ISLAMABAD: The uncertain global economic outlook threatens to undermine the resolve of countries in Asia to implement the urgently needed investments and policies to help put their economies on an environmentally sustainable growth path, warns a report by the Asian Development Bank.

It notes that Asia’s remarkable growth performance has been achieved at the expense of massive environmental degradation and climate change.

“Meeting the challenge of runaway climate change requires a rapid transition to a low-carbon path, but many countries remain ambivalent about this choice because of concerns this will come at the expense of economic growth and shared prosperity,” says Vinod Thomas, director-general of Independent Evaluation.

ADB stakeholder perception surveys over the past several years show environmental degradation and climate change rising in prominence as a threat to development in the institution’s 67 member countries. In the latest survey, this placed second in a ranking of nine development threats (after corruption); in 2006, it placed eighth.

The report identifies the most “immediate and serious” environmental threats facing Asia as urban air pollution, lack of proper solid waste management, degradation of fresh water resources, soil erosion, destruction of biodiversity habitats, and the mass extinction of species.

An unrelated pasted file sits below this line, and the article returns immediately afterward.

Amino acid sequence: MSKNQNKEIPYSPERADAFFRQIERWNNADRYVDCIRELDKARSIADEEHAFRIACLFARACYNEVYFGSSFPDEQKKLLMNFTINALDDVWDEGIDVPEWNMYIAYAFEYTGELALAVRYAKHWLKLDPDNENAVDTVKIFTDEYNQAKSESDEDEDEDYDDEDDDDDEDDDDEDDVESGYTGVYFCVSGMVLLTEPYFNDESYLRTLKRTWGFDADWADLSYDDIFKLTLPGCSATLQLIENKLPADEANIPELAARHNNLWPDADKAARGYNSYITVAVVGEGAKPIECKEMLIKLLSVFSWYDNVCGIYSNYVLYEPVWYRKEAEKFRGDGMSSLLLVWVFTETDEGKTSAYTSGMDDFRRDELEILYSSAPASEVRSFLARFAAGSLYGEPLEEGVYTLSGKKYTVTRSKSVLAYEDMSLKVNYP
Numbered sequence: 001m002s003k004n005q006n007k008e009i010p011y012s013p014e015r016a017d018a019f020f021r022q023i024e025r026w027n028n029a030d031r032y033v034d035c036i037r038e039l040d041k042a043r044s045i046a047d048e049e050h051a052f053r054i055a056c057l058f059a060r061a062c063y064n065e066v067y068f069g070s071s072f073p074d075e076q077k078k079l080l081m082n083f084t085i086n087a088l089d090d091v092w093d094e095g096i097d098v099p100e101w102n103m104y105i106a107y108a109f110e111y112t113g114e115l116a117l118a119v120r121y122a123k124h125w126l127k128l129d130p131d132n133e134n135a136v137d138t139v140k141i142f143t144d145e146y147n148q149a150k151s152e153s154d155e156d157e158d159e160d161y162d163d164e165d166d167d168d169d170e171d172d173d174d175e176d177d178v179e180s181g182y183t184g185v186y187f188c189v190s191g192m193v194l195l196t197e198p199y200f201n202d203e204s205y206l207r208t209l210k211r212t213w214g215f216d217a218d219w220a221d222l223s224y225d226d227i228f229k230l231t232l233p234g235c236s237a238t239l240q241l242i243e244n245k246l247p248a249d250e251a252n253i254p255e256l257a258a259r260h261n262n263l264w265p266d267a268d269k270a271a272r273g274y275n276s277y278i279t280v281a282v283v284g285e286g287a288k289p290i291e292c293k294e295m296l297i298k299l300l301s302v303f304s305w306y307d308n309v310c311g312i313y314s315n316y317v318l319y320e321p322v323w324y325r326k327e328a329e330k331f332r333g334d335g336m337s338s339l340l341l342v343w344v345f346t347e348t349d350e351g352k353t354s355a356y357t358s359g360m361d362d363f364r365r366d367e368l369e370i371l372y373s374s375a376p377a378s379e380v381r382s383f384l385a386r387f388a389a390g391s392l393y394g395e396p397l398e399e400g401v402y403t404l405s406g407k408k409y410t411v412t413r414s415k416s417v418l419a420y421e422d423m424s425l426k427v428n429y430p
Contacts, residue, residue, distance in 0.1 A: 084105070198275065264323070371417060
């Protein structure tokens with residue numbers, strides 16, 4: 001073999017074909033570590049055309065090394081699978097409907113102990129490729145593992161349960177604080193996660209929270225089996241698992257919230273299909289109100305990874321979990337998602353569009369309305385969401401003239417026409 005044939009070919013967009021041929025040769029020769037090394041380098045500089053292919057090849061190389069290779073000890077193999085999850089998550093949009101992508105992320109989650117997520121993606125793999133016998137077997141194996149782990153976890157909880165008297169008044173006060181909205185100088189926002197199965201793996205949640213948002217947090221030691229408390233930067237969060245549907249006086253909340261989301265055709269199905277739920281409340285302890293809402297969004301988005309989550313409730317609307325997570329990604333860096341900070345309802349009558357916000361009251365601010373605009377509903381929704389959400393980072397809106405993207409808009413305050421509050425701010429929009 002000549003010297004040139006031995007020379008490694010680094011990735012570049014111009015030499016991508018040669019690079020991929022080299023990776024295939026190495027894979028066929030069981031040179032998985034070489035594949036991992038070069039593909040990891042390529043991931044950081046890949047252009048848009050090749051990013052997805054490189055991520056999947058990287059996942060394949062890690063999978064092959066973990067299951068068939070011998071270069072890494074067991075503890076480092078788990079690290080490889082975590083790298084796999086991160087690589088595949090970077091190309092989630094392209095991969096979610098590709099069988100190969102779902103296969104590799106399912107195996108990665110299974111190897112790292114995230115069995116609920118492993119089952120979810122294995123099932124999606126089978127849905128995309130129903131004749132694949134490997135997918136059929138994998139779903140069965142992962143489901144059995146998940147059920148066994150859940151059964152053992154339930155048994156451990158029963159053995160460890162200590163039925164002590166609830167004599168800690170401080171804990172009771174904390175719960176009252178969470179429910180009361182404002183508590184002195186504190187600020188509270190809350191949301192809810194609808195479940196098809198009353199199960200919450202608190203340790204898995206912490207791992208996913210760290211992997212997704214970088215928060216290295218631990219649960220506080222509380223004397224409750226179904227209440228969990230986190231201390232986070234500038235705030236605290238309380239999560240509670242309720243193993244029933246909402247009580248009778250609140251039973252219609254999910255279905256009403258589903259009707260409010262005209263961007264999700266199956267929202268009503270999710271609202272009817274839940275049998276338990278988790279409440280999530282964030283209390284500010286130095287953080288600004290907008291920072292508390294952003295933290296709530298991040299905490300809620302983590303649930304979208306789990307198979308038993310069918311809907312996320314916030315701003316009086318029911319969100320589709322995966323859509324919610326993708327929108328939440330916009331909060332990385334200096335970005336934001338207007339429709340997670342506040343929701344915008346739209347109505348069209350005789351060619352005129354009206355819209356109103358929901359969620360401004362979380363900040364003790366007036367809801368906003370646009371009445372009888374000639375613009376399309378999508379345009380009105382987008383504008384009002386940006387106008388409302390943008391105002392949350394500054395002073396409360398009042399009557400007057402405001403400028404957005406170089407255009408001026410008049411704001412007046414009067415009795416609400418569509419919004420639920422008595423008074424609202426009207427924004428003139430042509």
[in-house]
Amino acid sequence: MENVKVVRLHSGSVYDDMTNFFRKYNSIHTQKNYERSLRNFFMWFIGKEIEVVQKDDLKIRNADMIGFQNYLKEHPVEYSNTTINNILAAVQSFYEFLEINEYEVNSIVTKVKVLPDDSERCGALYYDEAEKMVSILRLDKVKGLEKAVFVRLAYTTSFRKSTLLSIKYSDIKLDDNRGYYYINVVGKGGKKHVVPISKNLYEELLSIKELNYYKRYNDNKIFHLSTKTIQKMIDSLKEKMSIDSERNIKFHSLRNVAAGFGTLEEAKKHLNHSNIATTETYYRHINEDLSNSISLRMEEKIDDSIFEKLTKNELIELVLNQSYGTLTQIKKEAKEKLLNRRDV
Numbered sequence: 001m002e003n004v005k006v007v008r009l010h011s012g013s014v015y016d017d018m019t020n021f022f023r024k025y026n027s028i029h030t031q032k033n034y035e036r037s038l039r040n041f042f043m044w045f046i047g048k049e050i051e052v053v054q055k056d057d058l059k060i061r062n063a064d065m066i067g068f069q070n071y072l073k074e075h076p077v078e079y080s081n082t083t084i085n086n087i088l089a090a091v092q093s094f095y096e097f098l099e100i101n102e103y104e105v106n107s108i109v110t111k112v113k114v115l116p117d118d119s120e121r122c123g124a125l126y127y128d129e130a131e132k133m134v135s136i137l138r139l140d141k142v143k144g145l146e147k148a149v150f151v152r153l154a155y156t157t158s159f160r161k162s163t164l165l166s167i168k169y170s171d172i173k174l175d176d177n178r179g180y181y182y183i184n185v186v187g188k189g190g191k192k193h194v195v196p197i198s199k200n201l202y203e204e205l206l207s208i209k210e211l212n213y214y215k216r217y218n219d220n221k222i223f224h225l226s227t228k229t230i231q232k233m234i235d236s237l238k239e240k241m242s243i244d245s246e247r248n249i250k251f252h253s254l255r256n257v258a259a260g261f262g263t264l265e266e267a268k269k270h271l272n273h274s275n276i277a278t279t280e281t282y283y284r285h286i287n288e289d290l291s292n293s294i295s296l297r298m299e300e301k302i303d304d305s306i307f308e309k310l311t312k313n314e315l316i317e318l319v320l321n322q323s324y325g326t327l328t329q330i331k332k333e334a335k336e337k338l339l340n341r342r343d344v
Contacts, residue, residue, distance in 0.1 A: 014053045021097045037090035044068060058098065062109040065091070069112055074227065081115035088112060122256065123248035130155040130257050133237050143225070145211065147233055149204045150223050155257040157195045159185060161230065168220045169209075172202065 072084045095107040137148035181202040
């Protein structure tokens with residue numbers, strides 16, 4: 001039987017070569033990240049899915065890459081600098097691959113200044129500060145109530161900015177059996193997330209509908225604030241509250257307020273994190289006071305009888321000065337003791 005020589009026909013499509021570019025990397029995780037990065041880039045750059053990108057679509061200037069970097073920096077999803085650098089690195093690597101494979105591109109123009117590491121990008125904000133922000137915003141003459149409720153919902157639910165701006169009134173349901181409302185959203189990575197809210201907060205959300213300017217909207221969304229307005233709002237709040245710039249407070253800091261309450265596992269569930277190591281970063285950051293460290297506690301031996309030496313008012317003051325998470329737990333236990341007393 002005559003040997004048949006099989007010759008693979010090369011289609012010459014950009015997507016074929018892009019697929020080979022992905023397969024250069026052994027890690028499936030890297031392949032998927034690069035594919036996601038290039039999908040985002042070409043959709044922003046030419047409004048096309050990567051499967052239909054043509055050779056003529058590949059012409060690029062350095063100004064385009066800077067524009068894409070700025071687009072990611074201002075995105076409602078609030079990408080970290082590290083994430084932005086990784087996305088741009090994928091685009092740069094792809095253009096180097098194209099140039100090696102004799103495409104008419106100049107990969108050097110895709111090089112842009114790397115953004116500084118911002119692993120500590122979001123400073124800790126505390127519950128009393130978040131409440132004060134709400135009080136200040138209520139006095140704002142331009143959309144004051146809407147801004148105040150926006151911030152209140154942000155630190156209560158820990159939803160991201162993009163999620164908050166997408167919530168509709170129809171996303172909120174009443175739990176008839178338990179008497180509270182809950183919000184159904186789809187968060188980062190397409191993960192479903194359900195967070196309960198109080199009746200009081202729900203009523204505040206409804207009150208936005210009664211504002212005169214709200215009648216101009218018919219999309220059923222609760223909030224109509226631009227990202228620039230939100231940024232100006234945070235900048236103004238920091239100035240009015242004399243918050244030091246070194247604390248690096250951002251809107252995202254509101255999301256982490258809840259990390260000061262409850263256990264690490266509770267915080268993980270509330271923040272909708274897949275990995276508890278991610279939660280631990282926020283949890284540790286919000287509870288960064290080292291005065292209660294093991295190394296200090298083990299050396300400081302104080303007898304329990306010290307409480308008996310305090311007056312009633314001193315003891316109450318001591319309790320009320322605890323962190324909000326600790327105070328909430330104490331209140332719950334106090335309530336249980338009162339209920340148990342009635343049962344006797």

The report notes that Asia’s demographic and economic growth is predominantly an urban phenomenon, with cities now accounting for about 80 per cent of the region’s gross domestic product. As a result, the adverse effects of climate change and related impacts on air, water, and soil quality are primarily experienced in urban areas.

By 2050, Asia’s urban population is expected to nearly double from 1.6 billion in 2010 to 3 billion, putting additional stresses on infrastructure and natural resources.

“As benefits and costs of Asia’s economic growth manifest themselves most visibly in cities, addressing urban environmental issues and improving urban resilience is a key challenge,” says the report. Yet it notes: “The growing acknowledgement of increasing environmental degradation in Asia has not been matched by sufficient action.”

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